Historical Justification and Underpinnings of the American Common Core

Robillard, Gail


Wallender, J. (2014). The Common Core state standards in American public education: Historical underpinnings and justifications. Delta Kappa Gamma Bulletin, 80(4), 7-11. Retrieved at http://web.b.ebscohost.com.libaccess.sjlibrary.org/ehost/pdfviewer/pdfviewer?vid=5&sid=be955f56-f9ee-42b7-90a3-51e03e8e0805%40sessionmgr104

In this literature review, the author documents and discusses the historical underpinnings and justifications surrounding CCSS, and synthesizes four main justifications for their adoption. She asserts that only by educators understanding why and how the CCSS adoption came to be will their implementation be effective. The four justifications are creating common educational standards, preparing students for college, stressing quality education for all students, and increasing rigor in schools. The author notes that these four justifications are not new; early educational standards likewise grew from these same objectives.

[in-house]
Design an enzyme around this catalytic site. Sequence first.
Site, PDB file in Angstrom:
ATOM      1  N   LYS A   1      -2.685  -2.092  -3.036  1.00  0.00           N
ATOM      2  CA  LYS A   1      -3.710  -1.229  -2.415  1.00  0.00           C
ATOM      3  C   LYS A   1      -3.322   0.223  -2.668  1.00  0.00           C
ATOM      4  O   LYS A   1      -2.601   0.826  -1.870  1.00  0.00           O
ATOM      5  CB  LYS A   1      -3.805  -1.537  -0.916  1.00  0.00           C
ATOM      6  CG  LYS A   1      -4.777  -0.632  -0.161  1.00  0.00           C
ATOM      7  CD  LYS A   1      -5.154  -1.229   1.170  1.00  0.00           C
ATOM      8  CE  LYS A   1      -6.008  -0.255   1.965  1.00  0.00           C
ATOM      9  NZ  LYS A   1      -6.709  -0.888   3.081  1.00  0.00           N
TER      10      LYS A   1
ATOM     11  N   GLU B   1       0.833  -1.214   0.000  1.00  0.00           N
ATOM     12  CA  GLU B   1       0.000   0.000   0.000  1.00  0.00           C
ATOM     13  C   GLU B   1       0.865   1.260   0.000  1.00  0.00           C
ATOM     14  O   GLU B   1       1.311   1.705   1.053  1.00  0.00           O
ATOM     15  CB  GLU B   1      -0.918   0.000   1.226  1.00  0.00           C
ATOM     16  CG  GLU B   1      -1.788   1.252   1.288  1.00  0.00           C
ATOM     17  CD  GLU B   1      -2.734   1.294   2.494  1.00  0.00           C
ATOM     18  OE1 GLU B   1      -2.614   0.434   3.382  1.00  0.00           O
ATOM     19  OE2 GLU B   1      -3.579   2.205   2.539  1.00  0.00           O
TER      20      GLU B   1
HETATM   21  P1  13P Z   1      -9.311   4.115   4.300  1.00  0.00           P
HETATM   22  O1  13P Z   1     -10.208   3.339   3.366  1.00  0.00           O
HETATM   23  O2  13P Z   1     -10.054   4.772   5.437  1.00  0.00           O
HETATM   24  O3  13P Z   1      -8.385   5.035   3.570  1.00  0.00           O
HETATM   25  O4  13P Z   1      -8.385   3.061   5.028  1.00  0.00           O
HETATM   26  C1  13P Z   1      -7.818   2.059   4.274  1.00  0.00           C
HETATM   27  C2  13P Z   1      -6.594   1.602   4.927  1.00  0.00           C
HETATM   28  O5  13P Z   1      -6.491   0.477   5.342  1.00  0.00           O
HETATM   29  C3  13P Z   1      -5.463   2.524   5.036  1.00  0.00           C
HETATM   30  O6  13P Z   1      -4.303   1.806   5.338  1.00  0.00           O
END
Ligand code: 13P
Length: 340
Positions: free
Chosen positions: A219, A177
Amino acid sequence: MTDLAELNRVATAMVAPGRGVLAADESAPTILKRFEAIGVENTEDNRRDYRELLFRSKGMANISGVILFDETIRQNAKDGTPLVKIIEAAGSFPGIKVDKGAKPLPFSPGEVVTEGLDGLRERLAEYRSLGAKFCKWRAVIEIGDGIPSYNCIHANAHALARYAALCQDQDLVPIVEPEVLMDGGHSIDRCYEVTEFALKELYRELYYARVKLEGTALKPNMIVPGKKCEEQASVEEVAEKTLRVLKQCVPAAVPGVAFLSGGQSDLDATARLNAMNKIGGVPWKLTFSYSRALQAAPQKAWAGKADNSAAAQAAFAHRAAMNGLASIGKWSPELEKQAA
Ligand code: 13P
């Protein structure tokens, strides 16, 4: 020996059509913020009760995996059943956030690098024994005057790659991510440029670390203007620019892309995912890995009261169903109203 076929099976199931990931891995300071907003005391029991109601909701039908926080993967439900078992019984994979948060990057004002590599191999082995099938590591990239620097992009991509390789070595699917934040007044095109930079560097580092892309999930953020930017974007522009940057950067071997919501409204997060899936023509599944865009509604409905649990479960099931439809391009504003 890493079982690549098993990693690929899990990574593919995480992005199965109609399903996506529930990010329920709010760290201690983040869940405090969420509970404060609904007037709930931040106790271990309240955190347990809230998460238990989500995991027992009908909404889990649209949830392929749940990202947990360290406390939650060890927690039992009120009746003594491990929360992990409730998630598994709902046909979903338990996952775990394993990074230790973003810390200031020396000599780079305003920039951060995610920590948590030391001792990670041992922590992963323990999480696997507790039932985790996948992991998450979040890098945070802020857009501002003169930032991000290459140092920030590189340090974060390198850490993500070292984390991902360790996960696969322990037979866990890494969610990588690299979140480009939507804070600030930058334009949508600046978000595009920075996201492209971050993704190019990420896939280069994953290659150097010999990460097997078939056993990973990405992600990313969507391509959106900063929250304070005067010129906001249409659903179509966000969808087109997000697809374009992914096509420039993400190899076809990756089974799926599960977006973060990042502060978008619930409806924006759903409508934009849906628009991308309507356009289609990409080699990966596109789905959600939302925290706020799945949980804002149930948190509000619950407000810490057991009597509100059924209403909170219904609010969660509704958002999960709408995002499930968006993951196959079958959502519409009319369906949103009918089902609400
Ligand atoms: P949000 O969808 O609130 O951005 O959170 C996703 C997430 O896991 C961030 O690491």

I like the format of a literature review as it attempts to synthesize all the relevant literature on a topic, thereby giving more weight to the findings. I was interested in the historical development of educational standards as detailed by the author. It was interesting to see what philosophical goals were important to early educators. While the goals seem the same, nonetheless the CCSS have been controversial.  I would be interested in further reading on what precise arguments have been posed against the CCSS. A less important thing I learned was that Delta Kappa Gamma is a professional honor society of women educators, begun just after women were granted the right to vote, in order to promote women in educational leadership positions. The society does not currently permit men to become members. 

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